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Packing for a Multi-Day Kayaking Trip

How To Pack & Carry All Your Gear

Camping out of your kayak offers a feeling of freedom that few adventures on shore can match: you paddle down rivers or across open water during the day, and kick back by a campfire at night. Experienced multi-day paddlers can easily pack their boats for many days on the water, but your first time packing for more than a day’s paddle can be pretty complex. Here are some pointers for planning your trip, a sample packing list, advice on organizing and keeping track of your gear, and tips on packing a whitewater or touring kayak for your first multi-day paddling trip.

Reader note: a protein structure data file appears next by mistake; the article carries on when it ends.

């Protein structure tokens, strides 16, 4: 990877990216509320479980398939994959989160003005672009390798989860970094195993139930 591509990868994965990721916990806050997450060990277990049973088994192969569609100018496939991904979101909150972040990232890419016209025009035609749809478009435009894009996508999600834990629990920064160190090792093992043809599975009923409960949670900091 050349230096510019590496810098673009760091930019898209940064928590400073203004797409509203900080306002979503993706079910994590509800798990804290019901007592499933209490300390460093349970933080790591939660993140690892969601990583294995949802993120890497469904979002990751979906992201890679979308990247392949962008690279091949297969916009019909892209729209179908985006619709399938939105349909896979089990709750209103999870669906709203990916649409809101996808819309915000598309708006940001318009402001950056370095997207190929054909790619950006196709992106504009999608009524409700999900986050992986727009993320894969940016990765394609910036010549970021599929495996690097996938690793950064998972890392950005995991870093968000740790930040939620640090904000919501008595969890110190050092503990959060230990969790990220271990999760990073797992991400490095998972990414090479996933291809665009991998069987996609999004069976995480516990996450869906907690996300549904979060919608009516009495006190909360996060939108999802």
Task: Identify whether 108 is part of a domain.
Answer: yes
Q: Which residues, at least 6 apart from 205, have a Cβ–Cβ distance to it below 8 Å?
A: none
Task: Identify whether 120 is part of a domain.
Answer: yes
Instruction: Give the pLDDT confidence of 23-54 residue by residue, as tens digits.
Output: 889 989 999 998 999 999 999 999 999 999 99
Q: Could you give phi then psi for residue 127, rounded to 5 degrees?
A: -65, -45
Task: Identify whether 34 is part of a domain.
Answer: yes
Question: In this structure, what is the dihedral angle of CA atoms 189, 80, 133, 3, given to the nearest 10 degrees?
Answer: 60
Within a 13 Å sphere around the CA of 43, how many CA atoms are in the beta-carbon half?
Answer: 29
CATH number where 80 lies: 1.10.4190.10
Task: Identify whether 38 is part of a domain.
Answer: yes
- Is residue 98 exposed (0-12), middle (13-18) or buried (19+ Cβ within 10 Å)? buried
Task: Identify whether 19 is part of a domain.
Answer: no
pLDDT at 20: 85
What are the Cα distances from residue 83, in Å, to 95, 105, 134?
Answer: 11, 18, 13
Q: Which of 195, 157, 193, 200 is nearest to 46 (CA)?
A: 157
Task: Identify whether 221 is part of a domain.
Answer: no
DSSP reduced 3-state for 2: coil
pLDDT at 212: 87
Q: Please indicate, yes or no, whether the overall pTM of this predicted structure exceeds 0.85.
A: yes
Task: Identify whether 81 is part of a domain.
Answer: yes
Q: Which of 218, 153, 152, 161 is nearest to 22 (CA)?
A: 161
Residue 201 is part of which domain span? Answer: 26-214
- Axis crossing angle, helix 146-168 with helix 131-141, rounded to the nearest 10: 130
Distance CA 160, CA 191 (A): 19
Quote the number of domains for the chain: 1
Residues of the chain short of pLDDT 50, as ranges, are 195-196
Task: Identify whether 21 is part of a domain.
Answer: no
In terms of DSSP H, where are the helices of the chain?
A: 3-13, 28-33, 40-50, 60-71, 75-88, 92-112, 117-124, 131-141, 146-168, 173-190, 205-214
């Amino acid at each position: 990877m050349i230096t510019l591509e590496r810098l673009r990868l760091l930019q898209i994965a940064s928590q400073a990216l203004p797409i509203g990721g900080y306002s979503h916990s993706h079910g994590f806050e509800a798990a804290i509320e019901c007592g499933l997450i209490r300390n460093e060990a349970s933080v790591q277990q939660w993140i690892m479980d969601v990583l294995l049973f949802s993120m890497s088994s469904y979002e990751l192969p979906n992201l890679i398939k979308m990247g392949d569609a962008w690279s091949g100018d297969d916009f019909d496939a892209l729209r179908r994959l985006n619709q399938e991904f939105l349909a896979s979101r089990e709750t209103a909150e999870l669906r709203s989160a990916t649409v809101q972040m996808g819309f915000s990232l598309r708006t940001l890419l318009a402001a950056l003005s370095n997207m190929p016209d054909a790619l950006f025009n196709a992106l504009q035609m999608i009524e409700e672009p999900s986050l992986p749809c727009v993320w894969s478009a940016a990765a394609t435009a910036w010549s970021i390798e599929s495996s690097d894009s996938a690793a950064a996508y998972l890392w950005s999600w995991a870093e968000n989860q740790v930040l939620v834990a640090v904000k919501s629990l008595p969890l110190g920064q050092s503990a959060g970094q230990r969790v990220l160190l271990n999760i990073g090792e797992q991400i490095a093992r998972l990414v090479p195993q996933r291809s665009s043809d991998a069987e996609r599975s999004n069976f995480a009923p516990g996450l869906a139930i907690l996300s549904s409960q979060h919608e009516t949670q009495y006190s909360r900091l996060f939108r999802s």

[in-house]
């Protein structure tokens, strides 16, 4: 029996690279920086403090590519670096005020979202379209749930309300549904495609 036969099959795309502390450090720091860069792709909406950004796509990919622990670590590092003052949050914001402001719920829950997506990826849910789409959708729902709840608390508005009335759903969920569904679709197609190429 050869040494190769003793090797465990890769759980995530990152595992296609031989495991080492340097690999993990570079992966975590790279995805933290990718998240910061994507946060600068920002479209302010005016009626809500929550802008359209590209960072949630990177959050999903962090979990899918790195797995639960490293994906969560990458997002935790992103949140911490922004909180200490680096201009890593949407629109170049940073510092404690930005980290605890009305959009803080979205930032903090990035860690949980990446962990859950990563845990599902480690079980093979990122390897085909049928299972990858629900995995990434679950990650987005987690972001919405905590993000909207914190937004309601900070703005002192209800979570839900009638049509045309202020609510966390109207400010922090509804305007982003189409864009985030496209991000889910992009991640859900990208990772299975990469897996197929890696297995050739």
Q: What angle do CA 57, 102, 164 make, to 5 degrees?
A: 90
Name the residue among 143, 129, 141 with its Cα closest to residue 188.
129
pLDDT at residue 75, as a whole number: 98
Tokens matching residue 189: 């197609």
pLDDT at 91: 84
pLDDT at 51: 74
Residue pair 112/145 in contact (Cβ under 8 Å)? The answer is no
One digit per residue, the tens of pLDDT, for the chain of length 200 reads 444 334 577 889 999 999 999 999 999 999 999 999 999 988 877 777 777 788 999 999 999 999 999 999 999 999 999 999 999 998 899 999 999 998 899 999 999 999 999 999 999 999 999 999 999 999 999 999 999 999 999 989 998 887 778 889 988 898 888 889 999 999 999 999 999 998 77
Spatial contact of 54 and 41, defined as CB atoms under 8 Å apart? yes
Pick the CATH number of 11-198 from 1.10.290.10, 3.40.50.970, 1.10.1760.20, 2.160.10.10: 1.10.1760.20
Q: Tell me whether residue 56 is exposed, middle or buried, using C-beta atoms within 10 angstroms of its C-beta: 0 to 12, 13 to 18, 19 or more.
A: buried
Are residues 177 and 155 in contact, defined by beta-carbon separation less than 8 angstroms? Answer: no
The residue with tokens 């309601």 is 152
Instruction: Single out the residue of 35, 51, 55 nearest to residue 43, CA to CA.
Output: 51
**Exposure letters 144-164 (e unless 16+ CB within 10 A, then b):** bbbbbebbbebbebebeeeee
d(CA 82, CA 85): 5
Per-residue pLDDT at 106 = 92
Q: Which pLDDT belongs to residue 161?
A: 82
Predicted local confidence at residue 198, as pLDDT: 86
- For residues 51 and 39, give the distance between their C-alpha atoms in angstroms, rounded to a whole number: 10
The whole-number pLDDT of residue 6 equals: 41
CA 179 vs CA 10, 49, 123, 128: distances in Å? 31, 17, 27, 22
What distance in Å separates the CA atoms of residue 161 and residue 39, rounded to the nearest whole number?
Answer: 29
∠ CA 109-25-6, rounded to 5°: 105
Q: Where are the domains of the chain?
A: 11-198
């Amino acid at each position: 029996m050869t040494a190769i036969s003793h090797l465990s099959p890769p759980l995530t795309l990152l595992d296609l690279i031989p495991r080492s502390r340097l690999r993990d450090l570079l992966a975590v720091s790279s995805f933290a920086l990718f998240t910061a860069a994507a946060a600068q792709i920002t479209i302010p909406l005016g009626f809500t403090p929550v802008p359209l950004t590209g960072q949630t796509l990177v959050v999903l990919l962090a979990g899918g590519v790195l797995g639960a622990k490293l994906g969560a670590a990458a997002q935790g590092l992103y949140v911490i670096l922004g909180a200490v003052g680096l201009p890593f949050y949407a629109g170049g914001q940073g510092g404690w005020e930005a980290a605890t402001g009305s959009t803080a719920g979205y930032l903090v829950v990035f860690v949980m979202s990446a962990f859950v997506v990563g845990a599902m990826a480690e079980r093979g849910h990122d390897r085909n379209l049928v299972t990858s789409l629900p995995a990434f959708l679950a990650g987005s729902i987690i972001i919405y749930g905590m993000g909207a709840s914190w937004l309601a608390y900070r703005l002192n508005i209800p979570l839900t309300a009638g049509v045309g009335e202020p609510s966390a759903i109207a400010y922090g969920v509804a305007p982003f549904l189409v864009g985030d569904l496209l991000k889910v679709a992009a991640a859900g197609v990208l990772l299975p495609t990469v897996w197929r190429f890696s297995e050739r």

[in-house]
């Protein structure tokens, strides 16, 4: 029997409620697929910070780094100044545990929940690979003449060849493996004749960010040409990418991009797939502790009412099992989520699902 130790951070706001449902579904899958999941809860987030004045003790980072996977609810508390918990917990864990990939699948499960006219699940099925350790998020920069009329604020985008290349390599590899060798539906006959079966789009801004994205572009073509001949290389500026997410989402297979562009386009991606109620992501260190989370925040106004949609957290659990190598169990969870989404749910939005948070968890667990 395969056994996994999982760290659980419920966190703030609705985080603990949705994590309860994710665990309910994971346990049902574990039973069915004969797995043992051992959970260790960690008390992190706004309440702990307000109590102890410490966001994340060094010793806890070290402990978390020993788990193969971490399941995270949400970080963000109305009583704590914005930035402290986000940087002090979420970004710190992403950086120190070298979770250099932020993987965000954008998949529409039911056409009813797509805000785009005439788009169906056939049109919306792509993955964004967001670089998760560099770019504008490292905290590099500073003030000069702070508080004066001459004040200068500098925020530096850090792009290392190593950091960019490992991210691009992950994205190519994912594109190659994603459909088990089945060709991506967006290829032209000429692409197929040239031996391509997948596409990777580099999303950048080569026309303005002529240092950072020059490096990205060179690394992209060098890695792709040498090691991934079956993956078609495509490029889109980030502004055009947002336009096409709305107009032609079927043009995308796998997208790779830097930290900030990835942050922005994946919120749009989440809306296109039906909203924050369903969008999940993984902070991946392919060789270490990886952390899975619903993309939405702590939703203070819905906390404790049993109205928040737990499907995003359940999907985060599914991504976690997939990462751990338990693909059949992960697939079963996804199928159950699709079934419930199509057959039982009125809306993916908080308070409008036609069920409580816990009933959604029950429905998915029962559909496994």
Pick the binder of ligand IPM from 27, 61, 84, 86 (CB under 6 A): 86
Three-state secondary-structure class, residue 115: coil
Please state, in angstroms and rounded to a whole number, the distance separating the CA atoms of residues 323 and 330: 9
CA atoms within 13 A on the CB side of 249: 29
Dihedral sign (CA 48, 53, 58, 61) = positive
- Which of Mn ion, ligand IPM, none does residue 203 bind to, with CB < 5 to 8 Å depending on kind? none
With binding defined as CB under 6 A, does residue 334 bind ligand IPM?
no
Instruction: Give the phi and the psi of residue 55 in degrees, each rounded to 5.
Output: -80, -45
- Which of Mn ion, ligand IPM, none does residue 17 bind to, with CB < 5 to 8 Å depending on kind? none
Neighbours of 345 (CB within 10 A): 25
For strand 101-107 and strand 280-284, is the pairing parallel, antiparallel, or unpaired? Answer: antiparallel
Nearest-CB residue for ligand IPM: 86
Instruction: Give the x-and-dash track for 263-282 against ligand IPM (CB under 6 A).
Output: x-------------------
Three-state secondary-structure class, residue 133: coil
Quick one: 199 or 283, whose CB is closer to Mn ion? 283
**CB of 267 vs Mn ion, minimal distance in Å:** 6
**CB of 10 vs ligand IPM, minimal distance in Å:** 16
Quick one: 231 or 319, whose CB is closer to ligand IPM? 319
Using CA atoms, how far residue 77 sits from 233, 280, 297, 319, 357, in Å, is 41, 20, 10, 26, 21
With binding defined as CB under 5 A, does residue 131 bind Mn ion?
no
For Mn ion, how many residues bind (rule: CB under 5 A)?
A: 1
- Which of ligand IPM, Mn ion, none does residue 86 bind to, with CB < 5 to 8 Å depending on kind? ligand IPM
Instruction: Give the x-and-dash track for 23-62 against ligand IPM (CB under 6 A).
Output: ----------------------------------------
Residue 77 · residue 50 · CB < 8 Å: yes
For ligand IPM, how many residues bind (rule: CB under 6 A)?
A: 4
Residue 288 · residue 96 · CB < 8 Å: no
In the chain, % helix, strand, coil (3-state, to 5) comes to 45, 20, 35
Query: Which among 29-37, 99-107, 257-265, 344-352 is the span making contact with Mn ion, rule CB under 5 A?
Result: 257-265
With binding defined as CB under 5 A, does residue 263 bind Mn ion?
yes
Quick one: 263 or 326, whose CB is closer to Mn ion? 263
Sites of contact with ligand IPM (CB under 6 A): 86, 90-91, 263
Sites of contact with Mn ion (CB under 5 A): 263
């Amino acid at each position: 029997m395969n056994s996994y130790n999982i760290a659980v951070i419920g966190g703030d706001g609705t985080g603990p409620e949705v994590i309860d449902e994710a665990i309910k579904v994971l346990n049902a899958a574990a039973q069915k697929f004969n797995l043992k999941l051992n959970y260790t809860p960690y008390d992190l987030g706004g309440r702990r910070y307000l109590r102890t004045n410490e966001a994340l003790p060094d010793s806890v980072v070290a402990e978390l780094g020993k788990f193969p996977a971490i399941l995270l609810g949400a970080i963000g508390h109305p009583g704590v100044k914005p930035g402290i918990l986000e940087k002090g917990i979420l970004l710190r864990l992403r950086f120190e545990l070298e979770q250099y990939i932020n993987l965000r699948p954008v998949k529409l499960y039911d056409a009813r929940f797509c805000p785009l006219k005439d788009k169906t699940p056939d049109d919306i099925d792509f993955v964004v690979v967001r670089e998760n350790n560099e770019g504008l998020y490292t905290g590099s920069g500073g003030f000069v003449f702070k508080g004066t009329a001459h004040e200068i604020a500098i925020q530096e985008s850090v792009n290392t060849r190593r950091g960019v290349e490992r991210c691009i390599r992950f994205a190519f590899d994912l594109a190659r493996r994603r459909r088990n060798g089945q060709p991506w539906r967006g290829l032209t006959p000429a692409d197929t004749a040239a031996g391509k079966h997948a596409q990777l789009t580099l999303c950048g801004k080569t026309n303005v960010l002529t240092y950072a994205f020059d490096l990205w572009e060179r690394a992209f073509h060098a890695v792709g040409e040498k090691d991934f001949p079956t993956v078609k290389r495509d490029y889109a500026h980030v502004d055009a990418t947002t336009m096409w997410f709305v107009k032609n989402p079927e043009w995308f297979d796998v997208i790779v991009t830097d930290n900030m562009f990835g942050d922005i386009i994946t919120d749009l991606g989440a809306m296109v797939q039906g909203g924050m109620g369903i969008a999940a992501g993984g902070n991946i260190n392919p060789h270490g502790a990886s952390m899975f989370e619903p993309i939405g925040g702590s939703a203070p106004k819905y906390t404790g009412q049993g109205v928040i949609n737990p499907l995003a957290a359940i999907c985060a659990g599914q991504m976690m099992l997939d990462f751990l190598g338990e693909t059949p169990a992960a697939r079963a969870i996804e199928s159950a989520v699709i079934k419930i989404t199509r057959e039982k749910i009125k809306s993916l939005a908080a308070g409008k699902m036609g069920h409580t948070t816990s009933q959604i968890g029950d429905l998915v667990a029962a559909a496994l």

Gathering Your Gear & Supplies

Think like a backpacker. The gear required for a multi-day backpacking trip is very similar to the gear required for a multi-day kayaking trip. And just like a backpacking trip, weather, season, distance, trip duration, and group size all affect the type of gear and supplies you’ll need. The farther you go, the more supplies you need; the nastier the weather, the heavier and more serious your gear will become; and the larger your group, the more you can split up group gear to lighten the load of each boat. A detailed plan is necessary when preparing for any multi-day trip, and it will help guide your gear choices so you know what you have to pack.

Keep in mind that the type of water you’ll be traveling on will also affect the type of gear you need to carry. A river trip will require additional protective equipment for whitewater and perhaps a group toilet solution (such as a groover), while a trip on open water will require additional navigational equipment, signaling and safety gear, and more. The type of water you travel on will also dictate the type of boat you use, and thus the storage space available for gear.

The Type Of Boat Makes The Difference